There has to be a better way to do this. If it means society has to pay for a sex offender to be tutored in a private setting rather than attending a classroom, so be it. But sex offenders do not belong in a school building.

What do you think? Is this fair to Steven Holt? What about the other kids in the Yucca Valley School?


Image via shinealight/Flickr

behavior, tough topics


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Sarah Todrick

Most districts have some kind of alternative school as part of their system for students with severe issues. It really is a vital service. As much as,being a teacher, I truly believe every person deserves an education, there are some students who SHOULD NOT be mixed in with the general population. The law allows for a free, appropriate public education. An 18 year old sex offender at a regular public high school is NOT appropriate, aide or no aide. There are options available that keep him away from the population he has repeatedly victimized.

PonyC... PonyChaser


Well. My comment disappeared! Harumph. Anyway...

"If it means society has to pay for a sex offender to be tutored in a private setting rather than attending a classroom, so be it."

NO!!! Why should society continue to be saddled with paying for special programs for criminals? Prisoners get cable tv, free schooling, free internet, etc., and I, as a free and private citizen who hasn't so much as had a PARKING TICKET, has none of that! So now, I have to pay for this hoodlum to have a private ‘aide', and maybe go to a special school.  But if I want to keep my son away from him, I now have to pay - in addition to my tax dollars that subsidize this criminal - for my son to go to a private school, or to be homeschooled.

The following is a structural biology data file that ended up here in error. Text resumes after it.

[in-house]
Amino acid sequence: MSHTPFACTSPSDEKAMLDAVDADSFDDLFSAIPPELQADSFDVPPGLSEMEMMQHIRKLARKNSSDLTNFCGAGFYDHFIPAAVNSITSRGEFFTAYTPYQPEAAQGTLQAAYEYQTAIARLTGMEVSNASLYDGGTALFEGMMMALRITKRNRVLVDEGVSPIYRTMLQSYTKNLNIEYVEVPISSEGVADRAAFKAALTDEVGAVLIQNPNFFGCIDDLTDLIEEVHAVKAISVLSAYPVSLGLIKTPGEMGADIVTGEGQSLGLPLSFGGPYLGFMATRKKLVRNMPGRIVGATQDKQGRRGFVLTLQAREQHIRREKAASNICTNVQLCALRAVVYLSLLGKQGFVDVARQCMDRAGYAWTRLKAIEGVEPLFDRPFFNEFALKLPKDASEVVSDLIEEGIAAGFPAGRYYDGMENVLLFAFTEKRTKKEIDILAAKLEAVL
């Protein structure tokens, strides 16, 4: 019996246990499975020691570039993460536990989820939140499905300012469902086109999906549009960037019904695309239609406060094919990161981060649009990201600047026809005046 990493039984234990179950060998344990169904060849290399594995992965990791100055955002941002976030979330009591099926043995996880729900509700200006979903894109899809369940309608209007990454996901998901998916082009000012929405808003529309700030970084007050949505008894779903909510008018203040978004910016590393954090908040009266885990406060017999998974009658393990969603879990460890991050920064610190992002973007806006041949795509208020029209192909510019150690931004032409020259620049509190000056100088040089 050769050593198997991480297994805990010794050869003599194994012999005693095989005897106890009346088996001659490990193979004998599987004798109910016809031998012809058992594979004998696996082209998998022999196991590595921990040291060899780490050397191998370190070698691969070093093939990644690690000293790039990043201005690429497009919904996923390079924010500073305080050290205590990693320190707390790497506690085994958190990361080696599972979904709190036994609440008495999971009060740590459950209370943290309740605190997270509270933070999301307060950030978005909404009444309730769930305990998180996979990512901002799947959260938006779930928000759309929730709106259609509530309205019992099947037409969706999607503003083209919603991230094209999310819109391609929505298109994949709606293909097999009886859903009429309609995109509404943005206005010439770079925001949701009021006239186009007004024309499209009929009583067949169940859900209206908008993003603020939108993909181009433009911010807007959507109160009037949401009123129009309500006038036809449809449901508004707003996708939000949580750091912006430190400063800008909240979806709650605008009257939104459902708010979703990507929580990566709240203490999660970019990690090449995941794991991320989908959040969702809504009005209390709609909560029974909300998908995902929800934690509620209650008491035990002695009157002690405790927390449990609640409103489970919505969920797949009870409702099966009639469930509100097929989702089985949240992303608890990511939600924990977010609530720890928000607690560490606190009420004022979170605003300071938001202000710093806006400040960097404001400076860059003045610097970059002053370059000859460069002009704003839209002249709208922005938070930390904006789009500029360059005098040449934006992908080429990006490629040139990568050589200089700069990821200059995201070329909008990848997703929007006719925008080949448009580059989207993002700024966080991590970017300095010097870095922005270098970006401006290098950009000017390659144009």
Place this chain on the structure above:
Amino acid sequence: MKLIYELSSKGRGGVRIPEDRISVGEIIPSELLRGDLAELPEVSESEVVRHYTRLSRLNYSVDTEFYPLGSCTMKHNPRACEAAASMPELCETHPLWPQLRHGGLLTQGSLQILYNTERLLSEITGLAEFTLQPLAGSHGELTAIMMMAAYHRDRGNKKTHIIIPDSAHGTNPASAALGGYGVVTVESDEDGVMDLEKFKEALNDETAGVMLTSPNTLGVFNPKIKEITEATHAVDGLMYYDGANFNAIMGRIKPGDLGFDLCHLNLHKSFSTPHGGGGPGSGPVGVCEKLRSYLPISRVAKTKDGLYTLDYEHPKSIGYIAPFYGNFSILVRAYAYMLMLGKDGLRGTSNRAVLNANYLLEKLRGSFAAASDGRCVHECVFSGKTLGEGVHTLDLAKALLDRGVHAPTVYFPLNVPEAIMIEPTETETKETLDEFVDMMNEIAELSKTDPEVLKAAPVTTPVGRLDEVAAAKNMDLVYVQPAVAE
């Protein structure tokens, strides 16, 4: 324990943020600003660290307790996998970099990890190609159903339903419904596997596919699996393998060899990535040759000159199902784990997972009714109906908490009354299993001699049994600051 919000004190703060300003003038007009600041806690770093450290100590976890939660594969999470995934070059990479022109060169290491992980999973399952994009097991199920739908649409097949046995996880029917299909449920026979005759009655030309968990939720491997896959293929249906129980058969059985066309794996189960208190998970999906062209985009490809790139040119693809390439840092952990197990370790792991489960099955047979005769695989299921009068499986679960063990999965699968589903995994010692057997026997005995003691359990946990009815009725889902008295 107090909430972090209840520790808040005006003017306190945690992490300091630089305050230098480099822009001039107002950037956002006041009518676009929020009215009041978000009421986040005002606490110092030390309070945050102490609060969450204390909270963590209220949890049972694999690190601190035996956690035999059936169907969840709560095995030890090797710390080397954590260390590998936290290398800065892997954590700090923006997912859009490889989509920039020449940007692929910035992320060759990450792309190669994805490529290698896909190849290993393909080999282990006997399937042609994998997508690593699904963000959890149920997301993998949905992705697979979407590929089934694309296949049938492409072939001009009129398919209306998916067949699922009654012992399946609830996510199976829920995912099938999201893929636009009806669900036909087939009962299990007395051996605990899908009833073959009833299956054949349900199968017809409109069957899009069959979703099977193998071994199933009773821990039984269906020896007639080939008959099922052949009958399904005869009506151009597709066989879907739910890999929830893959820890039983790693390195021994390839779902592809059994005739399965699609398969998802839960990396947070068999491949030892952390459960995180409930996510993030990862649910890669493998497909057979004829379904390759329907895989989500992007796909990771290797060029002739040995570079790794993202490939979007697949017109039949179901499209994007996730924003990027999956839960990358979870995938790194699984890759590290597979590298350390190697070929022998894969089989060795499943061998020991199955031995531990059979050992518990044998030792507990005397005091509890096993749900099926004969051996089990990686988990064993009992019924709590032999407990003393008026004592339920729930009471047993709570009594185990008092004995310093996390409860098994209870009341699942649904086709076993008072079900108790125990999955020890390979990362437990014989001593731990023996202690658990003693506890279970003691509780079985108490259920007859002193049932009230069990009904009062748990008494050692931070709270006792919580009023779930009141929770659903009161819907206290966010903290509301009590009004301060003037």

Absolutely not. I'm sick of it. Send him to a work/study program. Let him work during the day, and then use the pay from that work to pay for his nighttime schooling/tutors, aides, rehab, etc. And if his work pay can't buy the best for him, it's on his own head. Let him feel the consequences of his actions.

Stop expecting the "good" people to always have to pony up for the criminals.

Of course, this is never, ever going to happen, so I guess... send him to the alternative school, give him an aide, feed him, clothe him, send him to college, give him a roof over his head, whatever he needs. And just go ahead and charge the taxpayers. It's the "compassionate" thing to do.